Building a Bloom Filter with Fewer Hash Functions
A Bloom filter is a simple space-efficient randomized data structure for representing a set that supports membership queries; in exchange for the space savings, there is some probability of a false positive. Bloom filters have proven very useful for various database and network applications.
Bloom filters generally use k hash functions for some constant k; typical values of k range from 4 to 10. We show (both mathematically and empirically) that one can use 2 hash function to mimic k hash functions while maintaining the same probability of a false positive for a Bloom filter. This yields implementations that are more efficient and may require less randomness.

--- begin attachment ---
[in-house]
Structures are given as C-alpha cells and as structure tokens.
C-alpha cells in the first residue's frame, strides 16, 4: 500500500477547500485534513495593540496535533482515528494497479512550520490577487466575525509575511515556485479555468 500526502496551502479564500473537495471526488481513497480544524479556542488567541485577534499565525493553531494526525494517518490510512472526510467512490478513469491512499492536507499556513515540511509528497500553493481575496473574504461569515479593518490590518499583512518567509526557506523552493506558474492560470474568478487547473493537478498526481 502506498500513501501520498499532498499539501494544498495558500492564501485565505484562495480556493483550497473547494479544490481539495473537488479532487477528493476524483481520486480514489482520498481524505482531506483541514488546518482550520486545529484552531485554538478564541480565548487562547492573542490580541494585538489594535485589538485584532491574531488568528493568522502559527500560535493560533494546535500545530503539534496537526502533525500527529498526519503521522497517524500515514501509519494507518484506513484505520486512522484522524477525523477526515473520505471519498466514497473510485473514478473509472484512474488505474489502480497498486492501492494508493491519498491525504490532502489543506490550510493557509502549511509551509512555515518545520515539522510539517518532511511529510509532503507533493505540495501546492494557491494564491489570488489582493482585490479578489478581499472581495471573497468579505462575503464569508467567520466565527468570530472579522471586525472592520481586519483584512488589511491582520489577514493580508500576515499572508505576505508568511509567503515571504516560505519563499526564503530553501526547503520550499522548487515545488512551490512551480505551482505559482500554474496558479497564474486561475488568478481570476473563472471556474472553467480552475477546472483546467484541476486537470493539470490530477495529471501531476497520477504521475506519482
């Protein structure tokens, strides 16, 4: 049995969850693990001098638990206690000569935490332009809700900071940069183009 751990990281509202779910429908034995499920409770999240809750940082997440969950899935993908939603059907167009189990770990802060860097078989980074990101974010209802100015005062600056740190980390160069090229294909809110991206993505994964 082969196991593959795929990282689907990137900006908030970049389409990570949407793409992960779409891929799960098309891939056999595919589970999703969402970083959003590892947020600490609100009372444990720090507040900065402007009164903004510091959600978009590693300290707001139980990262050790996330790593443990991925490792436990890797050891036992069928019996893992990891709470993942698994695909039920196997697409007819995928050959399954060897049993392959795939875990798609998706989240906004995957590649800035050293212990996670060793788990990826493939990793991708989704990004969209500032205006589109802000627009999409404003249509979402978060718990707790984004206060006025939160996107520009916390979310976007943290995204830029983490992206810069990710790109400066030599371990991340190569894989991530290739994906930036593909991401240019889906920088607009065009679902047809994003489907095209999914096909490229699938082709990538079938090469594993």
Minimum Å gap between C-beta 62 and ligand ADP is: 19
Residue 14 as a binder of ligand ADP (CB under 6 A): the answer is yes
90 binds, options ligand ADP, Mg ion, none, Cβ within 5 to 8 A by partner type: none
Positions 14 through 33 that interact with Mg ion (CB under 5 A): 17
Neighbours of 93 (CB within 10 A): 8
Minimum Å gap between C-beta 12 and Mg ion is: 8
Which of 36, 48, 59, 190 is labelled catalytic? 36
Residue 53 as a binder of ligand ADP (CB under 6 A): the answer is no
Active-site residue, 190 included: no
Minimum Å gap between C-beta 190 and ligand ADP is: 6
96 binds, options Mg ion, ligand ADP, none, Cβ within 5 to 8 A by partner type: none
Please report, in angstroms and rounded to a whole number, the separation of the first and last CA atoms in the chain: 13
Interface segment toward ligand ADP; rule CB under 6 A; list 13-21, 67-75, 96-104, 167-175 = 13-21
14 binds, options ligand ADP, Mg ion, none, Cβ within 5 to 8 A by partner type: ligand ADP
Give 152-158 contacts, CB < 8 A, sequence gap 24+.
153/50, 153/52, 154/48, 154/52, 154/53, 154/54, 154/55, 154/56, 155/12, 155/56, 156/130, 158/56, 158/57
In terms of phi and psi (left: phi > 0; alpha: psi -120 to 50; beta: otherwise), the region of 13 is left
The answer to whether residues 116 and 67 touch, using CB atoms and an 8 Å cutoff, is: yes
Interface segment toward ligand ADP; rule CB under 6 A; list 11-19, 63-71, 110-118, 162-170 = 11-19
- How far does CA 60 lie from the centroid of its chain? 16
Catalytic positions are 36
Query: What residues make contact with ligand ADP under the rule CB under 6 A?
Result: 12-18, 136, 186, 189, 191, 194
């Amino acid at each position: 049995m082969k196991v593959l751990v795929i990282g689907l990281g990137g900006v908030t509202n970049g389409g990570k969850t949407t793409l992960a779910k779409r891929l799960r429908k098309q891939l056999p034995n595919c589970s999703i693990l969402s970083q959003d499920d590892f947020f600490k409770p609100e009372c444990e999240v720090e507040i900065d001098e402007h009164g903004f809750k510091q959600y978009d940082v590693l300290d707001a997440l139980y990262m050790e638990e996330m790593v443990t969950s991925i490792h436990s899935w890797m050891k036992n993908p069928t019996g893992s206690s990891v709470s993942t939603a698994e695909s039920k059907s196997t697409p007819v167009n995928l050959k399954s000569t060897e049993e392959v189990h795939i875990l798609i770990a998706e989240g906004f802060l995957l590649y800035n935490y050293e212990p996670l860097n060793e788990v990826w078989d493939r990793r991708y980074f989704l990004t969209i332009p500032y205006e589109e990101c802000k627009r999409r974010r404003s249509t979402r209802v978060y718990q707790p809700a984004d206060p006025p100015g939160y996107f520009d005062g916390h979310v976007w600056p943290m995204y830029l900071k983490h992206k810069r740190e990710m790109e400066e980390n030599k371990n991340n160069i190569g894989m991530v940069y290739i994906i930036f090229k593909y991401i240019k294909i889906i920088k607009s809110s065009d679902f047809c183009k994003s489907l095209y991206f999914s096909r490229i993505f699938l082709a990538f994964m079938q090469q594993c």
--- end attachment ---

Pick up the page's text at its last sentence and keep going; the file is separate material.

We describe Bloom filters, the mathematics behind them, and some of their many applications, and then explain our improved construction.